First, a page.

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Ugo Forno’s Railway Bridge

In Prati Fiscali, a Northern Rome’s neighbourhood, where via Salaria begins its non-urban segment, lies an iron railway bridge dedicated to the memory of Ugo Forno, a partisan student killed by the German army during Rome’s resistance.
It was 5 June 1994, the American troops had just entered Rome coming from via Prenestina and “Ughetto”, as he was known in his home neighbourhood, Nemorense, has just turned 12.
“Endowed with a ready and quick intelligence and with self-respect, he has gained very good results. He is happy if he can demonstrate that he knows. Full of good will, slightly restless, but good-hearted and generous”. So reads the school report his teachers wrote in his second grade, class B, of “Luigi Settembrini” Junior high school in via Sebenico, while admitting him to the third grade.
Ughetto had come to know that some German soldiers were to blow up a railway bridge just off piazza Vescovio, in order to hinder connections and delay the Allies’ arrival. The bridge had a strategic role, as it was the only one with two lanes and it connected the city with the Littorio Airport, as the Urbe Airport was named at the time.
Few days before, the boy had per chance found some weapons, an old rifle and two rocket launchers, and had hidden them, waiting for the right moment for using them.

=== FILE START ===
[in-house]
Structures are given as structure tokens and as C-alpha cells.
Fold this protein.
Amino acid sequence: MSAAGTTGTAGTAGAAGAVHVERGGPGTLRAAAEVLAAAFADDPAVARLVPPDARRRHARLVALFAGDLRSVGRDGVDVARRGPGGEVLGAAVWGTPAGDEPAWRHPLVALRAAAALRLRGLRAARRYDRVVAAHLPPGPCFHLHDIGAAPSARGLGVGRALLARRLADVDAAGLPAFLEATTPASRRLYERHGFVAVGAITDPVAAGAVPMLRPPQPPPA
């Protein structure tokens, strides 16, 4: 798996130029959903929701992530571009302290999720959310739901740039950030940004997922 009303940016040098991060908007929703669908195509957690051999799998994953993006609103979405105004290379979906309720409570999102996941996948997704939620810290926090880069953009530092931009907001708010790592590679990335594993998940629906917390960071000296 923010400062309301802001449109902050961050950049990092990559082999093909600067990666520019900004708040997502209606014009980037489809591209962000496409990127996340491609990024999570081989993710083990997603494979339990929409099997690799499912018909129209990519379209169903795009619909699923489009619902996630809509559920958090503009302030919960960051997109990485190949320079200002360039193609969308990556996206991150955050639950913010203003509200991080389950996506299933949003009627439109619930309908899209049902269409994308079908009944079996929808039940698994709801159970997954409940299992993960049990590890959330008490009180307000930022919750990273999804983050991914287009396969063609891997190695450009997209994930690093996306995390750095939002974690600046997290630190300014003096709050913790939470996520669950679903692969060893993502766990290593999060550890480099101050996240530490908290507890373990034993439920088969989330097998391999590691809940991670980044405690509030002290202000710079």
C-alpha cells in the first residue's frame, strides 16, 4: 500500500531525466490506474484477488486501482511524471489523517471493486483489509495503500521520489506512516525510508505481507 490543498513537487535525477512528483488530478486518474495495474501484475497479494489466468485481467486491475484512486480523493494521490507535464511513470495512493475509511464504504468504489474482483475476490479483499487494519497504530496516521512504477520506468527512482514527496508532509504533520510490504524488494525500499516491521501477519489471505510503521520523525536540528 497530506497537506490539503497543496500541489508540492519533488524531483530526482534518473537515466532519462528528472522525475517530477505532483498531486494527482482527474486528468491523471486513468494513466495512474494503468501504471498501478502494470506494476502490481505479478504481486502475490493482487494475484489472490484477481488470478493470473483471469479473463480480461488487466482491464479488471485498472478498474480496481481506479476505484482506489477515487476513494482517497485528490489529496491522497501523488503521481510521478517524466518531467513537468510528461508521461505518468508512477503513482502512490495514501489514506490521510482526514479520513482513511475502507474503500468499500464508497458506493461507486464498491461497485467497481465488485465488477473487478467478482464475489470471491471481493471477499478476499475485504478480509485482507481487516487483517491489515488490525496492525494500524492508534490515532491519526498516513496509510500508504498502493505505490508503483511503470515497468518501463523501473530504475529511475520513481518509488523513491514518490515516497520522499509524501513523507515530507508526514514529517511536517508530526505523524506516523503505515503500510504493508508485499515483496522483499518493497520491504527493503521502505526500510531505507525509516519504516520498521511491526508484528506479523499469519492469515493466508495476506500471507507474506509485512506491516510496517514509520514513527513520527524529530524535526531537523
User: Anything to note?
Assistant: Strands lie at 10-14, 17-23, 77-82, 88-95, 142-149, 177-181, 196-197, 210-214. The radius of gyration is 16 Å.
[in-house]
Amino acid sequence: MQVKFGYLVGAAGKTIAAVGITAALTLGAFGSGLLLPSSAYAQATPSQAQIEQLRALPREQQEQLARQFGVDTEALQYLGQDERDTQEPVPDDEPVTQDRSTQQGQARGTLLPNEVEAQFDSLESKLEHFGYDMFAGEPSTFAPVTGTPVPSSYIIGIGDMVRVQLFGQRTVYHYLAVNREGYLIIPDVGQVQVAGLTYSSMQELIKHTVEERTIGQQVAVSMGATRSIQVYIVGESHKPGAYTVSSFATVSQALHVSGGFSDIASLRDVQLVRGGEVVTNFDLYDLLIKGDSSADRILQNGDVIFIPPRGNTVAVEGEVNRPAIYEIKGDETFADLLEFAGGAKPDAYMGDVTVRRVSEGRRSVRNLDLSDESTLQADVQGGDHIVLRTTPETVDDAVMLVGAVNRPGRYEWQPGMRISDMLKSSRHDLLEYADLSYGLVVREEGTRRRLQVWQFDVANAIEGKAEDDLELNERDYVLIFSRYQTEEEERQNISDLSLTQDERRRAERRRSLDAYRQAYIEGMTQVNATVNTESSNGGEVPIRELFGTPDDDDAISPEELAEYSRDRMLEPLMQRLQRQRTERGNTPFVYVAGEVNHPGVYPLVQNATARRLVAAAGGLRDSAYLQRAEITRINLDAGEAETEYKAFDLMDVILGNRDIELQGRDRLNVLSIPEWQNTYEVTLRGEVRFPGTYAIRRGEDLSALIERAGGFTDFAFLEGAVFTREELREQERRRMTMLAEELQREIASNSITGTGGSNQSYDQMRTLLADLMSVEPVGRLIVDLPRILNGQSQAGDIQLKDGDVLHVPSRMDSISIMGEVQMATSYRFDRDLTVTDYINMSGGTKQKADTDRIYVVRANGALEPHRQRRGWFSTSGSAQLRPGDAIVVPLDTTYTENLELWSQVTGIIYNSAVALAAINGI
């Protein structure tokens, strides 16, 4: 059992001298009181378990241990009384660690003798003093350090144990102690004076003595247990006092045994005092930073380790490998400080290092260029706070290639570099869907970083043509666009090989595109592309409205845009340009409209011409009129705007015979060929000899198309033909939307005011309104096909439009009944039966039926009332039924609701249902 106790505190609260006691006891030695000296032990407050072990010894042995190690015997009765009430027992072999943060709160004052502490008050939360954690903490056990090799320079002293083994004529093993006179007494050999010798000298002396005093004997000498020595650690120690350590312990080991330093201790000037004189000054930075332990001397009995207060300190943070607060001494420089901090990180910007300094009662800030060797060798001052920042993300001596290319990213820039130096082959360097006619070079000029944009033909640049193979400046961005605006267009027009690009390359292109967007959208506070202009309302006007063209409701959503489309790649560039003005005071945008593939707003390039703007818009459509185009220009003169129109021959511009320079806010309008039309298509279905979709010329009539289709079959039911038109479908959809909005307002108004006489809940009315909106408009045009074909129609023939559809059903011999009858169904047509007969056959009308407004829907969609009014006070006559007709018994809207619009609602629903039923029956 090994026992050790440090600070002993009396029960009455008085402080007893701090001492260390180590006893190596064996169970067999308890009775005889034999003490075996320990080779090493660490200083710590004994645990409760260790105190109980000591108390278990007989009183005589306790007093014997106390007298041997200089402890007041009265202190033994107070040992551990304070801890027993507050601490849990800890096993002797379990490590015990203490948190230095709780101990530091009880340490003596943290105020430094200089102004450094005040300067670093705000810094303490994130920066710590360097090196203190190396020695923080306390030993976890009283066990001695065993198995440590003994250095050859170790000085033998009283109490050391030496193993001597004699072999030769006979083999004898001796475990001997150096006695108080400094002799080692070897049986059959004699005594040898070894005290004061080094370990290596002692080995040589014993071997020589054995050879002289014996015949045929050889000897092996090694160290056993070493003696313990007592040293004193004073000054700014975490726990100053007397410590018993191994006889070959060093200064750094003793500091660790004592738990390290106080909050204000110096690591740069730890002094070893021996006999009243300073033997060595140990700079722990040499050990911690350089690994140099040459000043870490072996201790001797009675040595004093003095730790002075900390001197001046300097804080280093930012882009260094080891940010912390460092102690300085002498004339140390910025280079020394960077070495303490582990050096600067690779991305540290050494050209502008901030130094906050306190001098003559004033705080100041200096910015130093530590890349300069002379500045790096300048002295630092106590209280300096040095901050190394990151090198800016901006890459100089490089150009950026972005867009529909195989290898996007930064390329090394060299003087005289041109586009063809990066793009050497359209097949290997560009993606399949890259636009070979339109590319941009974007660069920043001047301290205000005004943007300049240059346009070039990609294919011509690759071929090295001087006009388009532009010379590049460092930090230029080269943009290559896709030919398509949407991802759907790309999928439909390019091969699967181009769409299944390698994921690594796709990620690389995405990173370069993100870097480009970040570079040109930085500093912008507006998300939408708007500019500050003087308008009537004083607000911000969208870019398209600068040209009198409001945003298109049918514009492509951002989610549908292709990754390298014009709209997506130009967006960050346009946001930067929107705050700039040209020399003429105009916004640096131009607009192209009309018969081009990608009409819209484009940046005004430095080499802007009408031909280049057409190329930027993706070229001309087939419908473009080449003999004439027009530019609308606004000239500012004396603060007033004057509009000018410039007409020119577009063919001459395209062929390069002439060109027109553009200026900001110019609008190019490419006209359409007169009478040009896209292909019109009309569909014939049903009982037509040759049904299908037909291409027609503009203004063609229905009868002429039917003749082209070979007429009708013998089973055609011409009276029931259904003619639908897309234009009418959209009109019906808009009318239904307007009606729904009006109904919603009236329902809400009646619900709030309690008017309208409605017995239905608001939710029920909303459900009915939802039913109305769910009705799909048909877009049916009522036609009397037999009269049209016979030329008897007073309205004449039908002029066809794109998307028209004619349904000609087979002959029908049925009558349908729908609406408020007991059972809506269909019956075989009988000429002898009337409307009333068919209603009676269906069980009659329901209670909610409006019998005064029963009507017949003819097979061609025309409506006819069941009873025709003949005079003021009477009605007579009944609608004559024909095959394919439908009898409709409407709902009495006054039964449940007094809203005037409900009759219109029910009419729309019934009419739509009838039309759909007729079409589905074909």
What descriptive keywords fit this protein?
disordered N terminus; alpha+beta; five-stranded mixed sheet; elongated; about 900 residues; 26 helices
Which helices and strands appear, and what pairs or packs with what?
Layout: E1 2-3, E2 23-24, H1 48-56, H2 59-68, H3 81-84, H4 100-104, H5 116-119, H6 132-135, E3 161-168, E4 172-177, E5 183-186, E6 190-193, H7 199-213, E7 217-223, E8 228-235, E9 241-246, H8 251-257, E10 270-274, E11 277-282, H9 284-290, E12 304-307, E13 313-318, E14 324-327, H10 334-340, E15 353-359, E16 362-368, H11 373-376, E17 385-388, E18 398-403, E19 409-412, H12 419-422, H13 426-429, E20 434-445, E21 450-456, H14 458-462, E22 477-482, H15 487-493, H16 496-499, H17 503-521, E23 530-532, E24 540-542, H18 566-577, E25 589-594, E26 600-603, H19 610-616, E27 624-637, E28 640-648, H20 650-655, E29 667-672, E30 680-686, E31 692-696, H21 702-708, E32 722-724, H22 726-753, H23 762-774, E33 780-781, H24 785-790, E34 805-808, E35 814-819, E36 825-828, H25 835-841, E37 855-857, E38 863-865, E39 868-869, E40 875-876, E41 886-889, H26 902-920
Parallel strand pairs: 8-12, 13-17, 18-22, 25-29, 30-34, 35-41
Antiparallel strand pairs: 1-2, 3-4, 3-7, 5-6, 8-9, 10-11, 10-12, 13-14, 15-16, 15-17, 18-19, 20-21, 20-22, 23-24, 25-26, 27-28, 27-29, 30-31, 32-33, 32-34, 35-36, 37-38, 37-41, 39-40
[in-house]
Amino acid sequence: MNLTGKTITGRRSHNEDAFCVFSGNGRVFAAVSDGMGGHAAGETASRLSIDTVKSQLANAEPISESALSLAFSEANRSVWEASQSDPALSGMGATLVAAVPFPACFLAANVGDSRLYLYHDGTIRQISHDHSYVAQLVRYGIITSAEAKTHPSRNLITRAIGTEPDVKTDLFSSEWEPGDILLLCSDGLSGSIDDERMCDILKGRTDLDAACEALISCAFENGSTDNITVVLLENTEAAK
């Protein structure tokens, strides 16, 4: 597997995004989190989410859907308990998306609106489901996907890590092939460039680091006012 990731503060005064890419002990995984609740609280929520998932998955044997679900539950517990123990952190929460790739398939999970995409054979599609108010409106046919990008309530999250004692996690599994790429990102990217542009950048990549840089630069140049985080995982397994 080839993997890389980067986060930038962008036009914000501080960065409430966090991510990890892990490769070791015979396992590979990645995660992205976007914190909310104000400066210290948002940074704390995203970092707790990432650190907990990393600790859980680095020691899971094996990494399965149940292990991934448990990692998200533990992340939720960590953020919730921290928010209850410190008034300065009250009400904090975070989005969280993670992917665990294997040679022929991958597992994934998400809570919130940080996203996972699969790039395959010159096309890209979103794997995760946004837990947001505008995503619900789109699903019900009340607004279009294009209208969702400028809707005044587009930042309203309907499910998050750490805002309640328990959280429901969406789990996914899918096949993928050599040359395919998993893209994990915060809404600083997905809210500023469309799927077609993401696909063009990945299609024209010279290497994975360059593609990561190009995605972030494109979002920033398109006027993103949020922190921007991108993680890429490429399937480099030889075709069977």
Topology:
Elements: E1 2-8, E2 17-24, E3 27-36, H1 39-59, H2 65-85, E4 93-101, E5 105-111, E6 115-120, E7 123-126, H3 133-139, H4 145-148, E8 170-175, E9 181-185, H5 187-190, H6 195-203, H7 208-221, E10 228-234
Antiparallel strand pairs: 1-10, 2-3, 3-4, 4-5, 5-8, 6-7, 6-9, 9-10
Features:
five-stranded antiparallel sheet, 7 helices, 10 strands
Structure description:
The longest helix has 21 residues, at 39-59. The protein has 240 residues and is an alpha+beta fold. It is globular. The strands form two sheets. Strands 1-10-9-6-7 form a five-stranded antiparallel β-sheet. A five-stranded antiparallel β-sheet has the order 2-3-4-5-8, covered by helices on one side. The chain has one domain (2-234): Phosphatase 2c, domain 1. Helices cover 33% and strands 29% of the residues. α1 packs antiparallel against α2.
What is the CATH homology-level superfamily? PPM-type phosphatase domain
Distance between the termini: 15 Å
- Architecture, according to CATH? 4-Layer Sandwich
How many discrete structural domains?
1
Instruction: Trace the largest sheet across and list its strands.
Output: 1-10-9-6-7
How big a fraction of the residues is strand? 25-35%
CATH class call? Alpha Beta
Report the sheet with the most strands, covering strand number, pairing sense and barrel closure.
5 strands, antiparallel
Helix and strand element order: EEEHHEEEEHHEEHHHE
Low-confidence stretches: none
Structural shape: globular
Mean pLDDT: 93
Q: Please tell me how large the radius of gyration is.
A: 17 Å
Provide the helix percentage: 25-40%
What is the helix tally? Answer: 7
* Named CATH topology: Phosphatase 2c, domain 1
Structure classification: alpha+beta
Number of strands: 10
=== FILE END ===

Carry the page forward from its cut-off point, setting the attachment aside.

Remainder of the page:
The occasion arrived a morning of June, when more or less ten German soldiers put explosive packs under the bridge’s archways. Ughetto and his five companions decided it was the right moment to attack and fired against the troopers, who had to seek a refuge, thus abandoning their sabotage. The bridge was saved, but the German soldiers had a mortar and thereby they fired three shots against the boys. The first killed Francesco Guidi, the second seriously injured other two companions, Luciano Curzi and Sandro Fornari, the splinters of the third got Ughetto right in the chest and the head.
This boy, slightly restless, but good-hearted and generous, was thus the last unlucky victim of Rome’s resistance and lost his life just a few hours before the city was finally set free.
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Video credits: Domenico Nucera. Music Credits: